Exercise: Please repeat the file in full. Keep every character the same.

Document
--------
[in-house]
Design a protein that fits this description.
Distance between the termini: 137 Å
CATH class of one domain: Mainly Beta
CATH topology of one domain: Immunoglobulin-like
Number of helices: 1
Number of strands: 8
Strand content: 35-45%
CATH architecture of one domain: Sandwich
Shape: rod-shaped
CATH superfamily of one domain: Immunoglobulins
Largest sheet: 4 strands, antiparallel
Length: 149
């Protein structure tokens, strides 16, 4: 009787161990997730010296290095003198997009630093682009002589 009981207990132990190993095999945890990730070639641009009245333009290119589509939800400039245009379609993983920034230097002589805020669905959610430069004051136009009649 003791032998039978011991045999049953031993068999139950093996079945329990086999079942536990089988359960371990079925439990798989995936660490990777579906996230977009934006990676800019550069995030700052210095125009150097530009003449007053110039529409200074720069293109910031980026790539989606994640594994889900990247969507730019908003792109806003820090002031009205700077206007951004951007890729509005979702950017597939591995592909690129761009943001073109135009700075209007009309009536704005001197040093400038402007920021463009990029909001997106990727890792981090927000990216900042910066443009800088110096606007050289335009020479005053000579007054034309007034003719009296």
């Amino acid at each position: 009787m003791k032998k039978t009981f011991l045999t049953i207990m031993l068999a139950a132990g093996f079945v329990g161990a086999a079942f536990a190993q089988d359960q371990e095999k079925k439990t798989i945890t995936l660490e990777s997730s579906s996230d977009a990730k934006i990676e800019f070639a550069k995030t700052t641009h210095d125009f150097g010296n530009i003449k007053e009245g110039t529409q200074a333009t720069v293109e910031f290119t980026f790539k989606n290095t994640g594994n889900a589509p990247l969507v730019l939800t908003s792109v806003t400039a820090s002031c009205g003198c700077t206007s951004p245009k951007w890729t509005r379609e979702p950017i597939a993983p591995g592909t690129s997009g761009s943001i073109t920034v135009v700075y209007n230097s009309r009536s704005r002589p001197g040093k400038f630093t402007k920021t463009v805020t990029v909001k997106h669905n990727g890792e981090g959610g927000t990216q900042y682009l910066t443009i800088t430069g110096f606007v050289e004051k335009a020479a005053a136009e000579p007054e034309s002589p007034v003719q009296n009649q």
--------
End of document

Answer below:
[in-house]
Design a protein that fits this description.
Distance between the termini: 137 Å
CATH class of one domain: Mainly Beta
CATH topology of one domain: Immunoglobulin-like
Number of helices: 1
Number of strands: 8
Strand content: 35-45%
CATH architecture of one domain: Sandwich
Shape: rod-shaped
CATH superfamily of one domain: Immunoglobulins
Largest sheet: 4 strands, antiparallel
Length: 149
């Protein structure tokens, strides 16, 4: 009787161990997730010296290095003198997009630093682009002589 009981207990132990190993095999945890990730070639641009009245333009290119589509939800400039245009379609993983920034230097002589805020669905959610430069004051136009009649 003791032998039978011991045999049953031993068999139950093996079945329990086999079942536990089988359960371990079925439990798989995936660490990777579906996230977009934006990676800019550069995030700052210095125009150097530009003449007053110039529409200074720069293109910031980026790539989606994640594994889900990247969507730019908003792109806003820090002031009205700077206007951004951007890729509005979702950017597939591995592909690129761009943001073109135009700075209007009309009536704005001197040093400038402007920021463009990029909001997106990727890792981090927000990216900042910066443009800088110096606007050289335009020479005053000579007054034309007034003719009296």
């Amino acid at each position: 009787m003791k032998k039978t009981f011991l045999t049953i207990m031993l068999a139950a132990g093996f079945v329990g161990a086999a079942f536990a190993q089988d359960q371990e095999k079925k439990t798989i945890t995936l660490e990777s997730s579906s996230d977009a990730k934006i990676e800019f070639a550069k995030t700052t641009h210095d125009f150097g010296n530009i003449k007053e009245g110039t529409q200074a333009t720069v293109e910031f290119t980026f790539k989606n290095t994640g594994n889900a589509p990247l969507v730019l939800t908003s792109v806003t400039a820090s002031c009205g003198c700077t206007s951004p245009k951007w890729t509005r379609e979702p950017i597939a993983p591995g592909t690129s997009g761009s943001i073109t920034v135009v700075y209007n230097s009309r009536s704005r002589p001197g040093k400038f630093t402007k920021t463009v805020t990029v909001k997106h669905n990727g890792e981090g959610g927000t990216q900042y682009l910066t443009i800088t430069g110096f606007v050289e004051k335009a020479a005053a136009e000579p007054e034309s002589p007034v003719q009296n009649q």